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What is needed to win the battle for the customer in a deregulated market? Hear about the creative business models needed to succeed. Presentation by Sven Gossel, CEO Transmetropolitan at the Amadeus Rail Innovation Forum 2017.
Plane? Train? Car? Bus?
• when do I depart?
• when do I arrive?
• when do I have to leave home or office?
• how long is the trip vs. how long I stay?
• what is my preference?
• am I able to fly?
• do I need to work while traveling?
• may I miss a football match?
• when am I finished with my meetings?
• can I still see my kids?
• can I use my preferred loyalty cards?
• what is the total, total price?
• how to get to my final destination?
• can I get enough rest during the trip?
• do I have internet access?
• will I arrive on time?
• can I get food and of decent quality?
• I hate airport security!
• do I have access to a rental car?
• or: I need my own car!
• can I combine train and plane travel?
• does it support a multi-stop-trip?
European Market De-Regulation
• Bad: ownership structure of incumbents represents conflict of interest
• often private operators need to go to court to claim for their granted rights
• but: the smaller the better
• Railway industry appears to be where the airline industry was in 1995
• EU still needs to do a lot of homework
• Market power of incumbents remains too large to really compete against
• Private companies mainly in freight and niche markets as of today
• or they are active in government controlled markets
• Oh my God.
• Granularity of sand? Life fire extinguishing tests?
• NSAs in bigger EU member states need to improve
• by dimensions.
• customer focus – except for their experience of no help to newcomers
• capacity – application schedule too long and too complex for smaller players
• bandwidth – their (or ERA’s?) rule shouldn't be to just passively OK the material
• ERA’s executional power too weak to help private competition to rise
• The goal: standardized production rather than building custom equipment
Cost of material
• Airlines pay EUR ~300.000 for wet leasing an A320 per month
• 180 legs @ 180 people @ 150+ bucks: around EUR 5M+ revenue
• The A320 can fly practically fly to everywhere (up to 6 hours ‘airtime’)
• One new ICE train set costs around EUR 30.000.000 for ~650 people
• 2000 people per day yielding EUR 32/leg: around EUR 2M revenue per month
• Hardly any leasing or financing option for new-comers
• Although train revenue is less than airline revenue, the material is more
expensive and way less fungible
• Tons of new airlines but hardly new px rail operators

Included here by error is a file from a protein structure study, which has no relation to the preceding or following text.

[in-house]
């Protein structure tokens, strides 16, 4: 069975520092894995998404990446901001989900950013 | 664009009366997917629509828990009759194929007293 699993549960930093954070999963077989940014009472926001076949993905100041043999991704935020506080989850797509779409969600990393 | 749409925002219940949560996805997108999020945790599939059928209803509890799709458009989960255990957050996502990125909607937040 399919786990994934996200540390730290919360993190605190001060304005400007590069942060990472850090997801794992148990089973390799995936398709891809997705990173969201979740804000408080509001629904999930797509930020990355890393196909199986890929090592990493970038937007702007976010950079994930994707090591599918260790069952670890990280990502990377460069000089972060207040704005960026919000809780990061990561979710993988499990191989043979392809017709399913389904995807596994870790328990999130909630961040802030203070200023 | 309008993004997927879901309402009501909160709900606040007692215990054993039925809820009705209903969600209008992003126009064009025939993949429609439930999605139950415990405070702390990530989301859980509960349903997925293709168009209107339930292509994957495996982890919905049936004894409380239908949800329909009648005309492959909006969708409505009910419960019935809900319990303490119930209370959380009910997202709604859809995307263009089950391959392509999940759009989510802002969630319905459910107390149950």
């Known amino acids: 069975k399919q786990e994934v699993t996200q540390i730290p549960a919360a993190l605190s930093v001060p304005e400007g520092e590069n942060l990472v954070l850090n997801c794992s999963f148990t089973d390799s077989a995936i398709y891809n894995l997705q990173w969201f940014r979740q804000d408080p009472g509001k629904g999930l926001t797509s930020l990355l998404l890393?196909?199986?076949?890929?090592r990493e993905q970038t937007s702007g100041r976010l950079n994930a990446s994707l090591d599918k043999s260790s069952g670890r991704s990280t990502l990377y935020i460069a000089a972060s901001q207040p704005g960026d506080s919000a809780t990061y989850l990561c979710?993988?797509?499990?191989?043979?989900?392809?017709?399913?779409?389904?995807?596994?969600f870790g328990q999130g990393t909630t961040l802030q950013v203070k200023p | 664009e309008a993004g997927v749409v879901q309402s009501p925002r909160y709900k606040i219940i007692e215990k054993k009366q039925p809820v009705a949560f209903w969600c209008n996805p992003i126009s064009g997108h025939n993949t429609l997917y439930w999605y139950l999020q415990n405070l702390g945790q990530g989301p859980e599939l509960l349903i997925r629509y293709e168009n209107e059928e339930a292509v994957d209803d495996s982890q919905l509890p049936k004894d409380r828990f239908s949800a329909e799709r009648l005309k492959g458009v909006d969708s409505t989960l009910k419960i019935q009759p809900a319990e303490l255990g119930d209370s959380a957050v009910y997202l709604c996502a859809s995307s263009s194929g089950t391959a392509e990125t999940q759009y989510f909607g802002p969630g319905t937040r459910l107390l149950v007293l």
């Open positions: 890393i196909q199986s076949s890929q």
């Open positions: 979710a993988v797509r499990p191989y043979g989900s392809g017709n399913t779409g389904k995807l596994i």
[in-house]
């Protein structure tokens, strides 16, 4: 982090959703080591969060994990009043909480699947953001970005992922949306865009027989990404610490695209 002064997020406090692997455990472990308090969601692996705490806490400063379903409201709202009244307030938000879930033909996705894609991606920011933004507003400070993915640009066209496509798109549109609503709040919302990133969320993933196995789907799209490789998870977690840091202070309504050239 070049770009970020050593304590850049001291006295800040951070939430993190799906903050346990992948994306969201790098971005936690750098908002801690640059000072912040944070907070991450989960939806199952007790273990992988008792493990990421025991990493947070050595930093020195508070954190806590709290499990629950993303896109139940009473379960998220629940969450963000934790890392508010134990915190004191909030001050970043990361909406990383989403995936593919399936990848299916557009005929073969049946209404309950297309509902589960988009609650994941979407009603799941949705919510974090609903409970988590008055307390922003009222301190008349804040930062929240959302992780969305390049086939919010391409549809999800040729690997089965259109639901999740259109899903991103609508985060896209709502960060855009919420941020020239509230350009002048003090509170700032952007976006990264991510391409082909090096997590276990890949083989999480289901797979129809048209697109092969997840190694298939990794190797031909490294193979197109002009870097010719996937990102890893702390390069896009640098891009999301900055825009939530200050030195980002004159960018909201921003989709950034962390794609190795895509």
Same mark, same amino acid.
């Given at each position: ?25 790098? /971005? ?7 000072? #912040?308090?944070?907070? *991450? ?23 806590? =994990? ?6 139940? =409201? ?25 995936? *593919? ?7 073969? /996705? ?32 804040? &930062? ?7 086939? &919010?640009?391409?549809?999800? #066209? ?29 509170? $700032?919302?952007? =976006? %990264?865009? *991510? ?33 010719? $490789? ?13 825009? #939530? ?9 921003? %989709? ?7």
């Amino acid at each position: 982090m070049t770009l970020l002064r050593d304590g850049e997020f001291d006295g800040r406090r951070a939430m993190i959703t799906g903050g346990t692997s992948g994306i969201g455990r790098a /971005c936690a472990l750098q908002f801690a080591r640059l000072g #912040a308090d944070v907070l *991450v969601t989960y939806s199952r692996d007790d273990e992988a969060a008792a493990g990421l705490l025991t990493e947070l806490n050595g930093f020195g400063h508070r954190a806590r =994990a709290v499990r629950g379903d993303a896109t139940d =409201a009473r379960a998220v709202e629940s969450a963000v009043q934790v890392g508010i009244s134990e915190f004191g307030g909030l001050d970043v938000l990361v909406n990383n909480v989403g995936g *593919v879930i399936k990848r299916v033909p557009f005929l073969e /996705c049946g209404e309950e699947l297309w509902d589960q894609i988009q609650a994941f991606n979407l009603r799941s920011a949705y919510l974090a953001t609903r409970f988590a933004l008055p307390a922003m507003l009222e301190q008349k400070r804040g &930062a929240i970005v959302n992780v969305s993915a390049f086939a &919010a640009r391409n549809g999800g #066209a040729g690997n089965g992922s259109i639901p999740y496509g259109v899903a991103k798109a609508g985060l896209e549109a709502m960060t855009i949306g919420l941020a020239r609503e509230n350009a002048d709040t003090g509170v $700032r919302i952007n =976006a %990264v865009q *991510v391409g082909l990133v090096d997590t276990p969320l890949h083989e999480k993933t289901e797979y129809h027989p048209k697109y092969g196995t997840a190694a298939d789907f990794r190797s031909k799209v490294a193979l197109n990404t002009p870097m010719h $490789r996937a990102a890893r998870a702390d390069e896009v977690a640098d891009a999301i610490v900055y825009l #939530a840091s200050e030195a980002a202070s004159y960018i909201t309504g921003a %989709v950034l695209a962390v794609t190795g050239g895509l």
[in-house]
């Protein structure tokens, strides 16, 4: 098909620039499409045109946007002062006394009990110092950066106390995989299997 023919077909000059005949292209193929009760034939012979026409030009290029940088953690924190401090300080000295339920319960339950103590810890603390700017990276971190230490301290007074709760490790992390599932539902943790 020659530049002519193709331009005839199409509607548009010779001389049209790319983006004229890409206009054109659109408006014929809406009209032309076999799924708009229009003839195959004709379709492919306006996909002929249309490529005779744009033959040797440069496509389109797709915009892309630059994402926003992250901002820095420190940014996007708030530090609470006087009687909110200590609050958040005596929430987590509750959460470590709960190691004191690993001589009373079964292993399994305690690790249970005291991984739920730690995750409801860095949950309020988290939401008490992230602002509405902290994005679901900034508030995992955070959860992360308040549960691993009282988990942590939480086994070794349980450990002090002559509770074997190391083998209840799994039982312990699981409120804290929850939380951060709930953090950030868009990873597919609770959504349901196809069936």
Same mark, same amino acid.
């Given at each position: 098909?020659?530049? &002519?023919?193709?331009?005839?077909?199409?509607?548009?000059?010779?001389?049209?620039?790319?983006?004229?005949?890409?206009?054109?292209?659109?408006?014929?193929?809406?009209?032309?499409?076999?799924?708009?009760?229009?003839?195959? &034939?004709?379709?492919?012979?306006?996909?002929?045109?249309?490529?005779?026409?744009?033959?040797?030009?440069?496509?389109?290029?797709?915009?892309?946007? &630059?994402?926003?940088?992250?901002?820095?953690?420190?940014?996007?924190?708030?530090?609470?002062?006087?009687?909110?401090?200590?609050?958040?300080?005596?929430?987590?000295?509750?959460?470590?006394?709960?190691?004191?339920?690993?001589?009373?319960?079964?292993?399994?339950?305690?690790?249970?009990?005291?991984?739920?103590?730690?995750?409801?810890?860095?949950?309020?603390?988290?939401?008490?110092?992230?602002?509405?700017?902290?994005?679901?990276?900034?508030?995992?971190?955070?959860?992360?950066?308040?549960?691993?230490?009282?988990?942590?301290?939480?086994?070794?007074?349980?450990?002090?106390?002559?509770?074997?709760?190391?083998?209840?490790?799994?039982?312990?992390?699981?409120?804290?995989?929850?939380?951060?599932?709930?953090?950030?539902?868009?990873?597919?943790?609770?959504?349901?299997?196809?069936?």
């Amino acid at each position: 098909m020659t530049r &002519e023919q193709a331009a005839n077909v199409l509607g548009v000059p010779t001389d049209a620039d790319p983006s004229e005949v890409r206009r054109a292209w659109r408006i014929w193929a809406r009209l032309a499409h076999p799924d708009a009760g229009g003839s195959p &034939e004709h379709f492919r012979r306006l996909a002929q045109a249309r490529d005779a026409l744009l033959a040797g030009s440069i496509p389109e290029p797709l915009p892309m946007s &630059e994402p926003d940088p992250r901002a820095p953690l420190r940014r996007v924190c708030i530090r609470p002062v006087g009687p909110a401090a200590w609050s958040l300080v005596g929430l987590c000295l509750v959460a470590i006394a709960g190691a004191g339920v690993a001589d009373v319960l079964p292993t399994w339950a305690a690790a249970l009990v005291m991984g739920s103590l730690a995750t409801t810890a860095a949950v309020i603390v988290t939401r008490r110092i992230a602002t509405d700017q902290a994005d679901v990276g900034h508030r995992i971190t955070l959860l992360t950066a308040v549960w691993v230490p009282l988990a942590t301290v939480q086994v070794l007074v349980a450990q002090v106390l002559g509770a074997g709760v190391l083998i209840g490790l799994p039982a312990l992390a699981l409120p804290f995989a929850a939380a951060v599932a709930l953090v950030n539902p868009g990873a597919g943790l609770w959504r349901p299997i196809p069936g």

• Private operators usually enter the market with used material
• Only a European product standardization will open-up markets in full
• Also: taxpayer’s check book isn’t too far off at many times
Network Access, Schedules and Tolls
• Big players yet to locking-up most of the attractive slots
• airport-like situation with limited regulatory power
• often only court decisions will path your way as a newcomer
• Still used to protecting markets from outside competition
• Brennero, Eurotunnel, network access exceptions in general
• Fee over-charge, long distance tolls influenced by PSO markets
• European Patchwork Rail
• Engines being licensed to more than 2 countries practically don’t exist
• ECTS doesn't really play (yet?)
• Network access should be organized vertically, not regionally
• Even smaller network extensions take sometimes a decade to build
• A change in schedule may still take ages to be published to customers
• As a newcomer your are just not taken seriously
• “if I knew it was about that, I wouldn't have picked up the phone”
• sometimes months in response time or no response at all
• exceptions: rail co-operation partners, public transportation
• Bigger travel agencies are simply not answering your inquiries
• GDS is nice, but is a strong limitation for product differentiators
• ICAO legacy turns out to be a barrier for inter-modality products
• AccessRail makes this a business case
• You’ll end up in building your own website – not good
Last: Working Capital
• Financial entry barriers are unreasonably high
• EUR 50-100M are difficult to find
• non-standard carriages and build-to-order engines push-up costs
• delivery time and licensing requirements are killing business models
• The Venture Capital and Private Equity market is small
• A general issue across all industries in Europe
• A specific issue for transportation as to the market structures
• Main issues:
• Government ownership in key market players
• Unhealthy market shares of >90%
Identified mistakes of private operators
• too little working capital
• bad yield management
• too little market research
• missing customer focus, addressed markets to small, weak preparation
• product needs to provide real customer value
• irregular train schedules
• no integrated product offer
• hardly acceptable co-operation concepts
• emotional start-up concepts aren't necessarily successful
What did WE learn from that experience?
• Doing our homework. And this takes time.
• Rail operation is much more than running some trains
• Sales, sales, sales
• Transportation is a commodity - A difference in painting doesn't make a difference.
• We understand our business as an IT service with outsourced production
• It is not: a train service with a connected website
• We imagine ourselves using our product from a first customer contact
to reaching a destination fully satisfying his expectation
• Product image – Reliability – Experience
• The big guys are super tankers. We are designing a speed boat.